Davis focused on workforce reform

Civil service reform is at the top of the agenda for the House Government Reform Committee, Chairman Tom Davis (R-Va.) said at a briefing Jan. 22.

Among the changes Davis plans to promote are pay-for-performance, a revamped Senior Executive Service, reorganization authority for the president similar to Fast Track trade authority, and a closer tie between an agency's performance and human capital planning.

"We need a new structure," Davis said, adding that the government needs to change how it recruits, retains, rewards and fires employees. "We need to revamp [the civil service] significantly" to make it more streamlined and efficient. Employees should be paid what they are worth, and people who do a good job should be rewarded.

Davis' agenda reflects recommendations laid out in the National Commission on the Public Service report released Jan. 7. It also supports workforce reforms championed by Sen. George Voinovich (R-Ohio).

"It's clear we can't take the existing structure into the 21st century," Davis said at an event sponsored by the Partnership for Public Service. He said there also needs to be more emphasis on recruiting and retaining the best people including speeding up the time it takes an agency to hire someone.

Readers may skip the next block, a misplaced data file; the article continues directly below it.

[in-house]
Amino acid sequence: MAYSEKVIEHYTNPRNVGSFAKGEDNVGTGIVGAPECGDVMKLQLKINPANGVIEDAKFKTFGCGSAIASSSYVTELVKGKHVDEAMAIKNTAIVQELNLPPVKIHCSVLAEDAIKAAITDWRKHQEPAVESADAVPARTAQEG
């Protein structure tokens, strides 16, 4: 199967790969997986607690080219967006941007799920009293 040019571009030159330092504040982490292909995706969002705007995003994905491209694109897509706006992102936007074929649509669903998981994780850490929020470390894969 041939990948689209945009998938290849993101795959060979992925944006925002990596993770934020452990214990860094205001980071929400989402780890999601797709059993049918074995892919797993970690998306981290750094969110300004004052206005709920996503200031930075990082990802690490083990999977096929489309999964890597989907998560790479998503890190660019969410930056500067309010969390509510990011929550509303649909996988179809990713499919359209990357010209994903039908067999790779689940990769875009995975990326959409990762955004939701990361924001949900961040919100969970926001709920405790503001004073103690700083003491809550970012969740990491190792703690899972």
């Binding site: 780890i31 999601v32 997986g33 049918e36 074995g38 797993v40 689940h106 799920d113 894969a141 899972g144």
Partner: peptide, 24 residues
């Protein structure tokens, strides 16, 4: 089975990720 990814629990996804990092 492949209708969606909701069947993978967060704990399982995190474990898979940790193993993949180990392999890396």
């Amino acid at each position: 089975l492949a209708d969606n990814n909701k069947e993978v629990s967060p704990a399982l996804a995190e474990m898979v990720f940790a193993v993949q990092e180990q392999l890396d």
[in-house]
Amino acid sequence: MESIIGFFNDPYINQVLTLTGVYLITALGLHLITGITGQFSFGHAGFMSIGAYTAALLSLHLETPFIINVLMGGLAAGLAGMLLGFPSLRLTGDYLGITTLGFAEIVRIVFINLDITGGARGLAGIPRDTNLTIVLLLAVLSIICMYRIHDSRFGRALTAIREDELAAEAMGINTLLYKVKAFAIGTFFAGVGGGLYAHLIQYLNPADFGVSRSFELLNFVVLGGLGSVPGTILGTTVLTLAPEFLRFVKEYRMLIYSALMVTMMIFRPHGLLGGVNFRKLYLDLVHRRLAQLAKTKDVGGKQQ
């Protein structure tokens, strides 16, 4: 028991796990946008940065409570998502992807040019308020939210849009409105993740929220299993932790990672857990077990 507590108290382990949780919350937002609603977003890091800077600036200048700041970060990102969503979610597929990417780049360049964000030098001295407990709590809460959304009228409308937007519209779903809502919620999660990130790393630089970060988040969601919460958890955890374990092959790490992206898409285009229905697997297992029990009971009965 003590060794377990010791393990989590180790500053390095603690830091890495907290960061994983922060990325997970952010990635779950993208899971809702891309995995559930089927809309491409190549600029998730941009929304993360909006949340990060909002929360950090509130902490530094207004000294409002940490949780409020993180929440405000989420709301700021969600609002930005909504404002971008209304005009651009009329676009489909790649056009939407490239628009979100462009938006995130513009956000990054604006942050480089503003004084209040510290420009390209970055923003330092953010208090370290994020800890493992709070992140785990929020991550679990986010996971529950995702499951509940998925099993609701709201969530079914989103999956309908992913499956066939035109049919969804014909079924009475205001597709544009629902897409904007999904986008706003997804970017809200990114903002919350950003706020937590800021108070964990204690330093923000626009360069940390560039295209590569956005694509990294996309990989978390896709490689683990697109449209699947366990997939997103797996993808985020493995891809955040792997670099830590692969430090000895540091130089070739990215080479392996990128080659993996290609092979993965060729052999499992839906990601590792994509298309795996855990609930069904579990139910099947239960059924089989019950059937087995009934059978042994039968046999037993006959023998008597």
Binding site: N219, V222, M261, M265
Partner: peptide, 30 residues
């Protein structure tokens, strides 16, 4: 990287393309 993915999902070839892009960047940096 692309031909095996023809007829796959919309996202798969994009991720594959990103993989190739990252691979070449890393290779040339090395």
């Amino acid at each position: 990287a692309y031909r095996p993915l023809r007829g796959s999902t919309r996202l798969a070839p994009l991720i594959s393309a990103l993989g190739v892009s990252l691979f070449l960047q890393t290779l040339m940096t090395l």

Davis said he liked the idea of creating two tracks for members of the Senior Executive Service: one for managers and one for technical experts. "They have two different skill sets," he said. "Both are important and we should allow for both."

He also said SES salary caps should be raised and uncoupled from congressional salaries. Otherwise, "it will lead to an exodus when it comes time for these folks to retire," he said.

Before he pursues his workforce agenda, Davis said he wants to be sure his Senate counterparts are also on board. And before any bill is introduced, he plans to hold hearings to hear from the stakeholders.

The Homeland Security Department could serve as a template for other governmentwide workforce reforms, Davis said, adding that at it will provide lessons learned. "There's a lot of pressure on them to make sure it's implemented correctly," he said.


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